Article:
Mon Dec 29, 2014 4:16 pm
Apologies if this question has been asked before, but I was interested in the potential pronunciation of Nynorn words which involve "silent" or "null" <ð> and <g>. The grammar page implies they are unpronounced as in Faroese, but the picture in Faroese is rather complicated, since these will often be realised as glides [j], [w], [v], or sometimes even change the quality of the preceding vowel: compare dagur [dɛa:vʊr] dagin [dɛa:jɪn] dagar [de:ar].
My question is really to open discussion about what we might suggest for Nynorn realisations of these sounds: if we simply assume that it is "as in Faroese", we run into trouble with words like dagar, since in Norn the vowel of the first syllable is presumably not originally a diphthong [ɛa:], but simply [a]. If we simply delete the consonant, we end up with two identical vowels in hiatus: [daar]. Maybe that is fine, but should we then propose a rule to lengthen the vowel as [da:r], or to propose a new diphthong, e.g. [daur]? Or should we just say the Faroese long [e:] is what we end up with even if the original vowel wasn't [ɛa:]? Is there any precedent in ON/Scandinavian for allowing consecutive vowels in hiatus like [daar]?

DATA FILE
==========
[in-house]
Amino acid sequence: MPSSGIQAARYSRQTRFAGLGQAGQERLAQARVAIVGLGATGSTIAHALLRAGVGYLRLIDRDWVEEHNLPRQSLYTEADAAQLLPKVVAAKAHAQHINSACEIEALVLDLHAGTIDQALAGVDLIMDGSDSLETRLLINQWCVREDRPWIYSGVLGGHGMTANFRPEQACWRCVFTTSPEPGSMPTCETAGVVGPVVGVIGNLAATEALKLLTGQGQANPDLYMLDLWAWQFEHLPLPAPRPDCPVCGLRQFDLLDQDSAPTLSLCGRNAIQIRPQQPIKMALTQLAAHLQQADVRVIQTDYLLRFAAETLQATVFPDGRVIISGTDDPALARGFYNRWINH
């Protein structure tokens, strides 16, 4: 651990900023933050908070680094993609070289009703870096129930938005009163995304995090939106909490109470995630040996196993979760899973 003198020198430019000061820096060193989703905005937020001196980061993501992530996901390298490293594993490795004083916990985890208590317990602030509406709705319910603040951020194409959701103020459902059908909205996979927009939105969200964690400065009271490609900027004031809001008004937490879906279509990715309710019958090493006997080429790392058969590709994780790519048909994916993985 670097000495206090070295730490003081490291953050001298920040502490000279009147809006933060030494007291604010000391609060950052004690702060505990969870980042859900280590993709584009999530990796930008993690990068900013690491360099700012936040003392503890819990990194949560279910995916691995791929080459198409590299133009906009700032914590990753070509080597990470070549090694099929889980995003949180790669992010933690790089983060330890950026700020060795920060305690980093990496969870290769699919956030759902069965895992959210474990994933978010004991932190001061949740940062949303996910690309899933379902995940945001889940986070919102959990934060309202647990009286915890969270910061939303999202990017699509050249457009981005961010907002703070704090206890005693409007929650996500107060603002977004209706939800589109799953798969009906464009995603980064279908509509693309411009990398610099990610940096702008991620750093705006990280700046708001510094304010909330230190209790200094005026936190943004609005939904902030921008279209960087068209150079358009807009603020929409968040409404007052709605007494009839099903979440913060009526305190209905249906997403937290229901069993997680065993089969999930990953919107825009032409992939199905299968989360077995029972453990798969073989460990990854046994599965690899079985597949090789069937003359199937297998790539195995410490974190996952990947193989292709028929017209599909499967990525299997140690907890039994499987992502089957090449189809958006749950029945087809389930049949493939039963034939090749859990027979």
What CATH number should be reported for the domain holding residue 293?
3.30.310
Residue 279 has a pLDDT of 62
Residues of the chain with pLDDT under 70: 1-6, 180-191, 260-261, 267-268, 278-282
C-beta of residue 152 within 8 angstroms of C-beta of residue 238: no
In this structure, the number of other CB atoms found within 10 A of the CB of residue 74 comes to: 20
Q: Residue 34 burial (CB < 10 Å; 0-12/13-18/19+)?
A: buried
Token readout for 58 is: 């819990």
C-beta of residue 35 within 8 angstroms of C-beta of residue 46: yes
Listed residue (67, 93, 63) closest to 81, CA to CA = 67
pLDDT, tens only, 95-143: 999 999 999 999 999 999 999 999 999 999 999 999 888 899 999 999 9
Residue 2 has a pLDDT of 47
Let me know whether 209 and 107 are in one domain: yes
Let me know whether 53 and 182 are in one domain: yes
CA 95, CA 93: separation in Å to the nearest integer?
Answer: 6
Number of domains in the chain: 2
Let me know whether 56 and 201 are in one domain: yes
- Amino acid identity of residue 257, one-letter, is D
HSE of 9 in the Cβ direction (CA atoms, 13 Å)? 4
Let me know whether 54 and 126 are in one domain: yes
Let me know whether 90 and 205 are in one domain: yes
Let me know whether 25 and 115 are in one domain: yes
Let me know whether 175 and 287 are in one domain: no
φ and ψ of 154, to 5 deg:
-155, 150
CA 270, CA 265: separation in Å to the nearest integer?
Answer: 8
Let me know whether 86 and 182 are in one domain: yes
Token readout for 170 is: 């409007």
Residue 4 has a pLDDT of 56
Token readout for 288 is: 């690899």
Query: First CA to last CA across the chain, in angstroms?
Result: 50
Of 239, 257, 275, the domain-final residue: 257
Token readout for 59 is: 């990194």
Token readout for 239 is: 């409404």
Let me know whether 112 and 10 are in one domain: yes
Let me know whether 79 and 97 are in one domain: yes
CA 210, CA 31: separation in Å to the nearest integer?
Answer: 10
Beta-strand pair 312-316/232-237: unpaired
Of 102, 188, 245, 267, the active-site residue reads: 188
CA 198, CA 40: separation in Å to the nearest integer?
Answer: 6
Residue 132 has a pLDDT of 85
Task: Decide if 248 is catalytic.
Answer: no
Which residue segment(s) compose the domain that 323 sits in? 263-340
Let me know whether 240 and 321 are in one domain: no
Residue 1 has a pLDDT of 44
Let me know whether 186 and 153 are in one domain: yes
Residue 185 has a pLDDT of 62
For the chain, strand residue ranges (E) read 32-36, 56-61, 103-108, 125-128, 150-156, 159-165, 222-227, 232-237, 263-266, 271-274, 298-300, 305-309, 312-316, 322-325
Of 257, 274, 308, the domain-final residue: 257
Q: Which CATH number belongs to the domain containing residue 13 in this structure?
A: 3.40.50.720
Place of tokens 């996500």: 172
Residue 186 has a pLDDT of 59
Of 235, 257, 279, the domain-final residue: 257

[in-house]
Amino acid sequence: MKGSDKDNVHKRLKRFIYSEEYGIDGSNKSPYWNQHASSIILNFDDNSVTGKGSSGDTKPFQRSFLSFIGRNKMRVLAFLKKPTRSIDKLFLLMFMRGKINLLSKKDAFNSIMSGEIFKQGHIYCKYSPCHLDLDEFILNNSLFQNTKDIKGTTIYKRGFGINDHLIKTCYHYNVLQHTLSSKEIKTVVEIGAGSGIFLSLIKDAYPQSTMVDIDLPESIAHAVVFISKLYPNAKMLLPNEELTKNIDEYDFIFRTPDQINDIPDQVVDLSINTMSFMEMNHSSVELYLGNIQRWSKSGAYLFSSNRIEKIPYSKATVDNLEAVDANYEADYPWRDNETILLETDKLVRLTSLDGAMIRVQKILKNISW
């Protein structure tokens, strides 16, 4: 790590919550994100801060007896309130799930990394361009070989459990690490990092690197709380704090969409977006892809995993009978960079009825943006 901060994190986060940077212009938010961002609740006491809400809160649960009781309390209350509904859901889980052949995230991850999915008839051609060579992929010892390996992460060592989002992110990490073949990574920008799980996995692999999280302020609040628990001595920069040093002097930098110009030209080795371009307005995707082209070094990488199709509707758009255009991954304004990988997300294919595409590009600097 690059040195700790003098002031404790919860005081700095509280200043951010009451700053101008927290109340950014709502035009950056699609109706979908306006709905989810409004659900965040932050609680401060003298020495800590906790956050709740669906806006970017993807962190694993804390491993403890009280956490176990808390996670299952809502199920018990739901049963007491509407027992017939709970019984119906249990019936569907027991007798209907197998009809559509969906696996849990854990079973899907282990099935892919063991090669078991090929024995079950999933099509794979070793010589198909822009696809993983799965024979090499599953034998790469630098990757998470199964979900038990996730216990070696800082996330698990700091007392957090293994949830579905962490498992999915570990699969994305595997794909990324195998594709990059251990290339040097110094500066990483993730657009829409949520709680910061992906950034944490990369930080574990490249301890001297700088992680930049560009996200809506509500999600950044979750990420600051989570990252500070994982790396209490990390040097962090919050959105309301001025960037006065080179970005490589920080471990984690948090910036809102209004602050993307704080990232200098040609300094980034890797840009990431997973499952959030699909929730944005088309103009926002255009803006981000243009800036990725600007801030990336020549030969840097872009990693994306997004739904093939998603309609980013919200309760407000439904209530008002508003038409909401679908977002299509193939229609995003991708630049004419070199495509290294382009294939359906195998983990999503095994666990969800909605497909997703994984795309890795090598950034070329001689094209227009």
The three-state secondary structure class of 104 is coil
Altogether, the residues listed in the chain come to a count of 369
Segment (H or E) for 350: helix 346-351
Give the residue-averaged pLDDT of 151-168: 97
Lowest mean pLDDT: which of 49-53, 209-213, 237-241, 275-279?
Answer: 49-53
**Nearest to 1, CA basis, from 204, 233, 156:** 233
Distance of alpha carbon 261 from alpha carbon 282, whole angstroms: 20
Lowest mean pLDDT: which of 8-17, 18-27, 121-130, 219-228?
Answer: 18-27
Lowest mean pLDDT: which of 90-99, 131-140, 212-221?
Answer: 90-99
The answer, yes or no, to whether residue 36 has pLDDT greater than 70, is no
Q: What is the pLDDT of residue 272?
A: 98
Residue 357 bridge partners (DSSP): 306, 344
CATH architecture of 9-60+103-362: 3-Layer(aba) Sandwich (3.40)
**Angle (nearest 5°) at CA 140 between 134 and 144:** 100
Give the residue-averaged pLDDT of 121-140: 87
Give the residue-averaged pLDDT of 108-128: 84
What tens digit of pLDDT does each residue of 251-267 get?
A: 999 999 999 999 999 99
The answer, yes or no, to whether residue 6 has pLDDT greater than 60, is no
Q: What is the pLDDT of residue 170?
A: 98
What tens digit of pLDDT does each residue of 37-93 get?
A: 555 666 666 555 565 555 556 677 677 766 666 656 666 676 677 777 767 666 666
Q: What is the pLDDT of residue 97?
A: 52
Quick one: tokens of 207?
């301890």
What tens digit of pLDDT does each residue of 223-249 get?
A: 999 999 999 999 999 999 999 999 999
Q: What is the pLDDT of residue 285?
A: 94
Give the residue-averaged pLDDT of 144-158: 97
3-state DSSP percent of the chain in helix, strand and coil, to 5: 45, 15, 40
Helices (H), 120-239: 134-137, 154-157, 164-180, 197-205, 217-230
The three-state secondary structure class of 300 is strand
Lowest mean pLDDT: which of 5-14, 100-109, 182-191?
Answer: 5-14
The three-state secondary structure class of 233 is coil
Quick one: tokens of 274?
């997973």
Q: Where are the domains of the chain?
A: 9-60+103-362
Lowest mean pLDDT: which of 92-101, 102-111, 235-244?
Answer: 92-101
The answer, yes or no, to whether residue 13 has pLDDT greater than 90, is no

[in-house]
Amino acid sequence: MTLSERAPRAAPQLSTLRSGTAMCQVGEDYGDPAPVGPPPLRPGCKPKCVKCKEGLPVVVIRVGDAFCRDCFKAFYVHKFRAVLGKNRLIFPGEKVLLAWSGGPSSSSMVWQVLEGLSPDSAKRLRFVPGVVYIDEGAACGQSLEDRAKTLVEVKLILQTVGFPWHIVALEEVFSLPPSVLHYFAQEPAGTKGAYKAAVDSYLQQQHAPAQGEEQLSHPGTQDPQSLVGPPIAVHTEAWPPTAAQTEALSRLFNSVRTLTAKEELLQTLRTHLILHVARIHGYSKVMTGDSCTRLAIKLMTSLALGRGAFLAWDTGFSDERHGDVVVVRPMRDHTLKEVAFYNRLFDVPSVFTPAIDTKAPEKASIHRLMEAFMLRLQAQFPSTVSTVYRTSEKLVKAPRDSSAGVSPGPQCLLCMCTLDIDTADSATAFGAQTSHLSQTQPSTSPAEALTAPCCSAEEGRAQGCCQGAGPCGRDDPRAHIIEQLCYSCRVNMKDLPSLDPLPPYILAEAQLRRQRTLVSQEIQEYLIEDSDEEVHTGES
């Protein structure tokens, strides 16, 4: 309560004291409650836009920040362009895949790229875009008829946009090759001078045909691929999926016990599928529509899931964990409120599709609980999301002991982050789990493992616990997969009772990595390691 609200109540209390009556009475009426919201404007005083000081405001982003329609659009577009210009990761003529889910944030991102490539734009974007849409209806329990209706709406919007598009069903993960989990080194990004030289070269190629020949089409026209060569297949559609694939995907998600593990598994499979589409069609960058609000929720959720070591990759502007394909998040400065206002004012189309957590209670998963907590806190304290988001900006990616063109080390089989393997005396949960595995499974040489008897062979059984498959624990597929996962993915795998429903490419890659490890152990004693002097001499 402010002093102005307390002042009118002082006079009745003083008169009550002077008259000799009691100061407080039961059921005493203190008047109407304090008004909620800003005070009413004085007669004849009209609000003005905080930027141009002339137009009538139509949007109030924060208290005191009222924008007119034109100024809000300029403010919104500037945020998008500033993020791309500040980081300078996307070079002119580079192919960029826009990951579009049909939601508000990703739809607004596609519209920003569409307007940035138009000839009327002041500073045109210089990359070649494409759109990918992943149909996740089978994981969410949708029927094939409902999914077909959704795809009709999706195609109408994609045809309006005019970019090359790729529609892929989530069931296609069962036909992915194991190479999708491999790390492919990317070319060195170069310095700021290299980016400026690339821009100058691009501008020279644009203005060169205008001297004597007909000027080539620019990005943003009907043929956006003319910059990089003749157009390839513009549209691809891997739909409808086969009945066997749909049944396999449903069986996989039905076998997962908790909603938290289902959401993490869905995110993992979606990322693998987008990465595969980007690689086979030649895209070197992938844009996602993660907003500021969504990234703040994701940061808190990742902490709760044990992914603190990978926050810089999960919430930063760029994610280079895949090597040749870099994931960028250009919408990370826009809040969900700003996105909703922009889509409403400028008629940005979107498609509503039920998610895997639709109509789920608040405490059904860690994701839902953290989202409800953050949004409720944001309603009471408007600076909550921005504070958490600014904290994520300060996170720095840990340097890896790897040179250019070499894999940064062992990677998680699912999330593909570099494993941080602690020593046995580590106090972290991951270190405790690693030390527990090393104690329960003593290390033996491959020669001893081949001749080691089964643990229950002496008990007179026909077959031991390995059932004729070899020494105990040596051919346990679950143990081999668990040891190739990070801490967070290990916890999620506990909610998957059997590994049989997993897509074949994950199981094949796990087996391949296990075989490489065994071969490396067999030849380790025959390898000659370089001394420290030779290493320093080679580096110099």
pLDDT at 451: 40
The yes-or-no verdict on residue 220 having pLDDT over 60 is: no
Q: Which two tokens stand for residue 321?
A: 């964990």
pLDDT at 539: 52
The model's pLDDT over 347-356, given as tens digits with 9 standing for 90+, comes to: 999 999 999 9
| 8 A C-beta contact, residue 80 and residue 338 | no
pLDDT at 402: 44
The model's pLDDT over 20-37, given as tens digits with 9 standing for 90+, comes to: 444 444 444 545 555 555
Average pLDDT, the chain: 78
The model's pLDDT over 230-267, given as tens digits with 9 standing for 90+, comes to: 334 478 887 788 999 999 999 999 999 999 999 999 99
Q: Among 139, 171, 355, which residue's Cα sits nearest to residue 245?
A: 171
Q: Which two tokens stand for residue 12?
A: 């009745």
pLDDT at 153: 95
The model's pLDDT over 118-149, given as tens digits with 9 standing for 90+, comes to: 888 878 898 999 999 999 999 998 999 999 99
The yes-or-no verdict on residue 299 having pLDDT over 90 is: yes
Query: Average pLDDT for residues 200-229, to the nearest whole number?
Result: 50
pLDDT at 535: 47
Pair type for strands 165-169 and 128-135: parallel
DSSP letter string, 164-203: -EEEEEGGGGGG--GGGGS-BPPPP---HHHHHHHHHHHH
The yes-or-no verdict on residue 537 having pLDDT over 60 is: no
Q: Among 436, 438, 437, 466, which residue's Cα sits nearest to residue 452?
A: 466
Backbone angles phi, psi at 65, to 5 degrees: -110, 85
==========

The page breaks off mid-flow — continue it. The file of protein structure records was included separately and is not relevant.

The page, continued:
I have similar questions regarding <ð>, which is straightforward enough at the end of a word, but when between vowels it will also need to be realised sometimes as [v] or [w] if we try to follow Faroese. It may not always make phonological sense to follow Faroese exactly however.
On a side note, if it turns out that <ð> will genuinely always be null, shouldn't we remove it from the orthography? It isn't strictly true that the Faroese <ð> is genuinely null, since it will be realised as glides which in non-Hammershaimb orthographies were spelt <j>, <v> etc. It made sense for Faroese to go for etymological spelling since otherwise it could be harder to recognise that words with <j>, <v> or null were all forms of the same word. But if we decide that <ð> is always null in Nynorn, that difficulty wouldn't arise.